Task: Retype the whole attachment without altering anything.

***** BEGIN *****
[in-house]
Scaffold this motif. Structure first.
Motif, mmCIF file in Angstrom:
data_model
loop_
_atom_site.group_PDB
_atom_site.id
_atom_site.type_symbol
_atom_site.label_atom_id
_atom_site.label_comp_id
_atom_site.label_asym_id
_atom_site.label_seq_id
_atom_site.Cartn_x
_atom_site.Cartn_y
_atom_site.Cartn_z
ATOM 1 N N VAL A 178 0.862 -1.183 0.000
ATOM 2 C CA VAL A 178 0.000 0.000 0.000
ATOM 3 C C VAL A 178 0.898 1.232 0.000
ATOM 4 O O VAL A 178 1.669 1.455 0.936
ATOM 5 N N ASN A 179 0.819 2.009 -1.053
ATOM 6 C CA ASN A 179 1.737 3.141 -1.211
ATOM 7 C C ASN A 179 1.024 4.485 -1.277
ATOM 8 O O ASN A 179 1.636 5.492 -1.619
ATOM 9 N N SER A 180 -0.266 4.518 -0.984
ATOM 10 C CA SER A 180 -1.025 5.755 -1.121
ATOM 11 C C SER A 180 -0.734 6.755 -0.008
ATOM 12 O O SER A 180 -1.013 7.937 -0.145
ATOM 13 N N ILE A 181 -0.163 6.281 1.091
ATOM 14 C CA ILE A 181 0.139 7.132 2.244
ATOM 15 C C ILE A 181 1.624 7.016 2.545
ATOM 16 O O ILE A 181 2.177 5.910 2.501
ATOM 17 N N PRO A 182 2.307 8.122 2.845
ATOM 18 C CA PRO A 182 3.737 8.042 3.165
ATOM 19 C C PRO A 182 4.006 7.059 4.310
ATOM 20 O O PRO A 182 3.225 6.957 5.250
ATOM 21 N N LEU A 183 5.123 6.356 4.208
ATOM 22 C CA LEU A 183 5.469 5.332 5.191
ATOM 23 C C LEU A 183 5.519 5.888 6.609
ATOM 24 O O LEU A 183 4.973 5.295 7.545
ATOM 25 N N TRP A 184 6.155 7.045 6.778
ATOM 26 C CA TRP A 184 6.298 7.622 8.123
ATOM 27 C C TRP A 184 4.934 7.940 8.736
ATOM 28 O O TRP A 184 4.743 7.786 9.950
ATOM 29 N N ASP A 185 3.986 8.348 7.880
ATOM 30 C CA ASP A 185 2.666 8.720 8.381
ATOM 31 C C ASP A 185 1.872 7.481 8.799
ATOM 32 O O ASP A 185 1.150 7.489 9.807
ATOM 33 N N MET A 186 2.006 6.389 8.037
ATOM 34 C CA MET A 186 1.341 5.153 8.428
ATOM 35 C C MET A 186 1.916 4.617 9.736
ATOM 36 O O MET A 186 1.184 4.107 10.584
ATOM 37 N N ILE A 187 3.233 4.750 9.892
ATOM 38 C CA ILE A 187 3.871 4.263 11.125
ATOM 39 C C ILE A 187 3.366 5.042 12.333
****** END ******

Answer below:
[in-house]
Scaffold this motif. Structure first.
Motif, mmCIF file in Angstrom:
data_model
loop_
_atom_site.group_PDB
_atom_site.id
_atom_site.type_symbol
_atom_site.label_atom_id
_atom_site.label_comp_id
_atom_site.label_asym_id
_atom_site.label_seq_id
_atom_site.Cartn_x
_atom_site.Cartn_y
_atom_site.Cartn_z
ATOM 1 N N VAL A 178 0.862 -1.183 0.000
ATOM 2 C CA VAL A 178 0.000 0.000 0.000
ATOM 3 C C VAL A 178 0.898 1.232 0.000
ATOM 4 O O VAL A 178 1.669 1.455 0.936
ATOM 5 N N ASN A 179 0.819 2.009 -1.053
ATOM 6 C CA ASN A 179 1.737 3.141 -1.211
ATOM 7 C C ASN A 179 1.024 4.485 -1.277
ATOM 8 O O ASN A 179 1.636 5.492 -1.619
ATOM 9 N N SER A 180 -0.266 4.518 -0.984
ATOM 10 C CA SER A 180 -1.025 5.755 -1.121
ATOM 11 C C SER A 180 -0.734 6.755 -0.008
ATOM 12 O O SER A 180 -1.013 7.937 -0.145
ATOM 13 N N ILE A 181 -0.163 6.281 1.091
ATOM 14 C CA ILE A 181 0.139 7.132 2.244
ATOM 15 C C ILE A 181 1.624 7.016 2.545
ATOM 16 O O ILE A 181 2.177 5.910 2.501
ATOM 17 N N PRO A 182 2.307 8.122 2.845
ATOM 18 C CA PRO A 182 3.737 8.042 3.165
ATOM 19 C C PRO A 182 4.006 7.059 4.310
ATOM 20 O O PRO A 182 3.225 6.957 5.250
ATOM 21 N N LEU A 183 5.123 6.356 4.208
ATOM 22 C CA LEU A 183 5.469 5.332 5.191
ATOM 23 C C LEU A 183 5.519 5.888 6.609
ATOM 24 O O LEU A 183 4.973 5.295 7.545
ATOM 25 N N TRP A 184 6.155 7.045 6.778
ATOM 26 C CA TRP A 184 6.298 7.622 8.123
ATOM 27 C C TRP A 184 4.934 7.940 8.736
ATOM 28 O O TRP A 184 4.743 7.786 9.950
ATOM 29 N N ASP A 185 3.986 8.348 7.880
ATOM 30 C CA ASP A 185 2.666 8.720 8.381
ATOM 31 C C ASP A 185 1.872 7.481 8.799
ATOM 32 O O ASP A 185 1.150 7.489 9.807
ATOM 33 N N MET A 186 2.006 6.389 8.037
ATOM 34 C CA MET A 186 1.341 5.153 8.428
ATOM 35 C C MET A 186 1.916 4.617 9.736
ATOM 36 O O MET A 186 1.184 4.107 10.584
ATOM 37 N N ILE A 187 3.233 4.750 9.892
ATOM 38 C CA ILE A 187 3.871 4.263 11.125
ATOM 39 C C ILE A 187 3.366 5.042 12.333